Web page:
2. Birthday. In a recent Social Identity study conducted by Blue Research for social web user management platform provider Janrain, 88 percent of individuals admitted to supplying incorrect information or leaving fields incomplete on registration forms. Tapping into social profile data via a permission-based app allows marketers to collect accurate attributes such as birthday that can then be used to power valuable relationships. Automating birthday messages and including an added incentive, such as a special discount or free gift, enable leading brands to not only recognize customers but create another reason to engage and incentivize a store visit or purchase.
  3. Location. According to a Census Bureau report, four out of 10 people moved between 2009 and 2010 for housing-related reasons. Additionally, over 28 percent of those moved to a different county within the state or a different state entirely. Not surprisingly, the implications to marketers can be significant. With social networks being central to maintaining and communicating life events with family and friends, profile updates and accuracy remains high. Adding location to the collection process enables brands to verify location data and track and target consumers with relevant messaging based on the latest information shared and refreshed based on interactions with the app or via a social sign-in. Geo-messaging across email and via targeted social posts where available (i.e., Facebook) allow brands to update relevant customers about new store openings, local events, and/or offers. Additionally, tracking location over time based on interactions with the app enables brands to remain relevant over the life of the relationship.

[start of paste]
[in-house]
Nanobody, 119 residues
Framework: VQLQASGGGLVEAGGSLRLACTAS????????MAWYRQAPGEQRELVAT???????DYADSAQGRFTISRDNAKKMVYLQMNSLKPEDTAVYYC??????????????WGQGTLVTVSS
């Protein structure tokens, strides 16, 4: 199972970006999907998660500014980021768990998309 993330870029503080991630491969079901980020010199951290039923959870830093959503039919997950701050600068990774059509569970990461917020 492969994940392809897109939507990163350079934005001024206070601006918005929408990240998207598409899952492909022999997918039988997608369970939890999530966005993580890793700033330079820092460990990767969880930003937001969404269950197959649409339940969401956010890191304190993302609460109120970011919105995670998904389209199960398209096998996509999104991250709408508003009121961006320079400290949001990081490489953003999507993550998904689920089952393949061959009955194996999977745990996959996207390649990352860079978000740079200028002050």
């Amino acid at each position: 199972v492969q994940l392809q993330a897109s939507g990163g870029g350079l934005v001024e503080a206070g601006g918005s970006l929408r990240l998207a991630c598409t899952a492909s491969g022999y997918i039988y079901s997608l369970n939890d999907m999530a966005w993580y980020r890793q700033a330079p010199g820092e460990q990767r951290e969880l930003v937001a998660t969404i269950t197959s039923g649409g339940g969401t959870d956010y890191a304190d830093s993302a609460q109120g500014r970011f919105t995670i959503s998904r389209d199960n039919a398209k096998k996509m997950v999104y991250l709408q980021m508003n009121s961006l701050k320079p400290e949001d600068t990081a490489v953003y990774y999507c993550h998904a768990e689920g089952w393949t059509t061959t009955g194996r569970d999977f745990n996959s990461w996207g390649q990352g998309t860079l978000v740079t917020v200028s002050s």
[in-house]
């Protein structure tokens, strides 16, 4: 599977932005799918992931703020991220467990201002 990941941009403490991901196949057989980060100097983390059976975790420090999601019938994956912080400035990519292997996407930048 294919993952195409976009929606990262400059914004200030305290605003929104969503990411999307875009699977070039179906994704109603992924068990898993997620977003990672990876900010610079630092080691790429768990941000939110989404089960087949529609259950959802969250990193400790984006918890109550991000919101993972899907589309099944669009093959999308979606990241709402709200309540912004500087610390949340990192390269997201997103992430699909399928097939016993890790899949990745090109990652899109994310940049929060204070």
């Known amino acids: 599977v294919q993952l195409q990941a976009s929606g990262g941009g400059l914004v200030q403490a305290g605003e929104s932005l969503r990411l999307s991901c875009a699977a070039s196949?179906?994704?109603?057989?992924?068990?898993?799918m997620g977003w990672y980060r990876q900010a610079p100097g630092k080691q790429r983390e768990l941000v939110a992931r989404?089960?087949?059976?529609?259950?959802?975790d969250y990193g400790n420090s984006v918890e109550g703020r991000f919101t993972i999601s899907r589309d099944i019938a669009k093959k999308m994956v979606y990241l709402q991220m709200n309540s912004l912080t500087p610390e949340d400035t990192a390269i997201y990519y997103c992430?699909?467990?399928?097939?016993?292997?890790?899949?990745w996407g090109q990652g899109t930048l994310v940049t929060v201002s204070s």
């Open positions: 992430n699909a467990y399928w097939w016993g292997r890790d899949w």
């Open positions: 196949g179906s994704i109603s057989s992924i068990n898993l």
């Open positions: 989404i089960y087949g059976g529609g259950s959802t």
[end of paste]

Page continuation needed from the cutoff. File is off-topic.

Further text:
4. Interest. Purchase and interest data is often seen as one of the most powerful predictors of future purchase intent. Therefore it should come as no surprise that "interest" lands at the top of any brand's list of most desirable attributes. Using interest to power dynamic content and offers or to up-sell/cross-sell helps leading brands drive performance and results across a variety of communication types including email newsletters and promotional and service messaging.